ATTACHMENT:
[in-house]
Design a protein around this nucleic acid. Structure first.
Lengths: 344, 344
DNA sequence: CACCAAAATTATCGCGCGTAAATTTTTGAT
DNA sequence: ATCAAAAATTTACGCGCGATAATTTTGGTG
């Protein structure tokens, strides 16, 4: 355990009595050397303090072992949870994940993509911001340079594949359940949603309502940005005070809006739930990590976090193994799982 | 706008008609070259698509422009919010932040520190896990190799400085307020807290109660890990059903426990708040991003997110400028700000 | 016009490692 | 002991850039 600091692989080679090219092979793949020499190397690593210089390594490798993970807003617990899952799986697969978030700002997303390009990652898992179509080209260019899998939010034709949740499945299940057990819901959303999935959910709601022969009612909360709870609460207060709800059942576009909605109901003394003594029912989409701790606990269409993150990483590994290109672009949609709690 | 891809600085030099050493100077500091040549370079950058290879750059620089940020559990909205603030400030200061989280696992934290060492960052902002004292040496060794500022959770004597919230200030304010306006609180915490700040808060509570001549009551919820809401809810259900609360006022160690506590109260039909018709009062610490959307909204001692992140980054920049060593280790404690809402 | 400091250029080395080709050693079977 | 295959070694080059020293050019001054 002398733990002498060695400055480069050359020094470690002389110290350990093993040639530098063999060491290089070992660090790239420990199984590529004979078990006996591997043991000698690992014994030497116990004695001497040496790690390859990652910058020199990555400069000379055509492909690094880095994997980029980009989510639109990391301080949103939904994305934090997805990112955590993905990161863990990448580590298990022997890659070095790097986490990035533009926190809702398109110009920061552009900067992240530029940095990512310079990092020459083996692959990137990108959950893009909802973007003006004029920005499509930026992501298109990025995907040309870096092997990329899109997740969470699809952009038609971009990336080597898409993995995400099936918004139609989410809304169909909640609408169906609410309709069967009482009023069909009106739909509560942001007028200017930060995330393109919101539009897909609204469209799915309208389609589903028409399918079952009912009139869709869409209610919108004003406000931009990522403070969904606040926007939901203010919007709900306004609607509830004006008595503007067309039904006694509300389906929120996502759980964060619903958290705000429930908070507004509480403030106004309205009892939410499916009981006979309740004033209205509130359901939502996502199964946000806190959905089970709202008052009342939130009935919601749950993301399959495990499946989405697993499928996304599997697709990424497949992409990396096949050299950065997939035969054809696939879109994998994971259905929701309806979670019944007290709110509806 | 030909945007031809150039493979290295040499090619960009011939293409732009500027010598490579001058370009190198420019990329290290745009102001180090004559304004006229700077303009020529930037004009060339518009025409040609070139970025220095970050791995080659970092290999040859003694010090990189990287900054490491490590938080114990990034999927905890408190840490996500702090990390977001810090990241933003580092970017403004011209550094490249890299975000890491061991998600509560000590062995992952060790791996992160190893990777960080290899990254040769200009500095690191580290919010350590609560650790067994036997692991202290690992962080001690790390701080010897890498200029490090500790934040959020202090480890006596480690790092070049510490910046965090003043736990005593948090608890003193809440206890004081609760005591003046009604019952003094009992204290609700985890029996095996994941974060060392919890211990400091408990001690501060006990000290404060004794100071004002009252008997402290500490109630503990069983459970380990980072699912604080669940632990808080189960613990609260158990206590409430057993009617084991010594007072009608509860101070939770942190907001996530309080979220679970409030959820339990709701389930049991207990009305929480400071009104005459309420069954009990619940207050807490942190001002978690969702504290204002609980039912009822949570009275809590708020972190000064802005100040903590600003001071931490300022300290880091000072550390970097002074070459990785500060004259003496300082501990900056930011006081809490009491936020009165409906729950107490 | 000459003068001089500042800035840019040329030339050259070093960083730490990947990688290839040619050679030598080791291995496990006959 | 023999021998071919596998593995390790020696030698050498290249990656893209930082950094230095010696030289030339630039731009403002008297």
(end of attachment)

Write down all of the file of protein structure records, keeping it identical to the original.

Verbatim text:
[in-house]
Design a protein around this nucleic acid. Structure first.
Lengths: 344, 344
DNA sequence: CACCAAAATTATCGCGCGTAAATTTTTGAT
DNA sequence: ATCAAAAATTTACGCGCGATAATTTTGGTG
């Protein structure tokens, strides 16, 4: 355990009595050397303090072992949870994940993509911001340079594949359940949603309502940005005070809006739930990590976090193994799982 | 706008008609070259698509422009919010932040520190896990190799400085307020807290109660890990059903426990708040991003997110400028700000 | 016009490692 | 002991850039 600091692989080679090219092979793949020499190397690593210089390594490798993970807003617990899952799986697969978030700002997303390009990652898992179509080209260019899998939010034709949740499945299940057990819901959303999935959910709601022969009612909360709870609460207060709800059942576009909605109901003394003594029912989409701790606990269409993150990483590994290109672009949609709690 | 891809600085030099050493100077500091040549370079950058290879750059620089940020559990909205603030400030200061989280696992934290060492960052902002004292040496060794500022959770004597919230200030304010306006609180915490700040808060509570001549009551919820809401809810259900609360006022160690506590109260039909018709009062610490959307909204001692992140980054920049060593280790404690809402 | 400091250029080395080709050693079977 | 295959070694080059020293050019001054 002398733990002498060695400055480069050359020094470690002389110290350990093993040639530098063999060491290089070992660090790239420990199984590529004979078990006996591997043991000698690992014994030497116990004695001497040496790690390859990652910058020199990555400069000379055509492909690094880095994997980029980009989510639109990391301080949103939904994305934090997805990112955590993905990161863990990448580590298990022997890659070095790097986490990035533009926190809702398109110009920061552009900067992240530029940095990512310079990092020459083996692959990137990108959950893009909802973007003006004029920005499509930026992501298109990025995907040309870096092997990329899109997740969470699809952009038609971009990336080597898409993995995400099936918004139609989410809304169909909640609408169906609410309709069967009482009023069909009106739909509560942001007028200017930060995330393109919101539009897909609204469209799915309208389609589903028409399918079952009912009139869709869409209610919108004003406000931009990522403070969904606040926007939901203010919007709900306004609607509830004006008595503007067309039904006694509300389906929120996502759980964060619903958290705000429930908070507004509480403030106004309205009892939410499916009981006979309740004033209205509130359901939502996502199964946000806190959905089970709202008052009342939130009935919601749950993301399959495990499946989405697993499928996304599997697709990424497949992409990396096949050299950065997939035969054809696939879109994998994971259905929701309806979670019944007290709110509806 | 030909945007031809150039493979290295040499090619960009011939293409732009500027010598490579001058370009190198420019990329290290745009102001180090004559304004006229700077303009020529930037004009060339518009025409040609070139970025220095970050791995080659970092290999040859003694010090990189990287900054490491490590938080114990990034999927905890408190840490996500702090990390977001810090990241933003580092970017403004011209550094490249890299975000890491061991998600509560000590062995992952060790791996992160190893990777960080290899990254040769200009500095690191580290919010350590609560650790067994036997692991202290690992962080001690790390701080010897890498200029490090500790934040959020202090480890006596480690790092070049510490910046965090003043736990005593948090608890003193809440206890004081609760005591003046009604019952003094009992204290609700985890029996095996994941974060060392919890211990400091408990001690501060006990000290404060004794100071004002009252008997402290500490109630503990069983459970380990980072699912604080669940632990808080189960613990609260158990206590409430057993009617084991010594007072009608509860101070939770942190907001996530309080979220679970409030959820339990709701389930049991207990009305929480400071009104005459309420069954009990619940207050807490942190001002978690969702504290204002609980039912009822949570009275809590708020972190000064802005100040903590600003001071931490300022300290880091000072550390970097002074070459990785500060004259003496300082501990900056930011006081809490009491936020009165409906729950107490 | 000459003068001089500042800035840019040329030339050259070093960083730490990947990688290839040619050679030598080791291995496990006959 | 023999021998071919596998593995390790020696030698050498290249990656893209930082950094230095010696030289030339630039731009403002008297």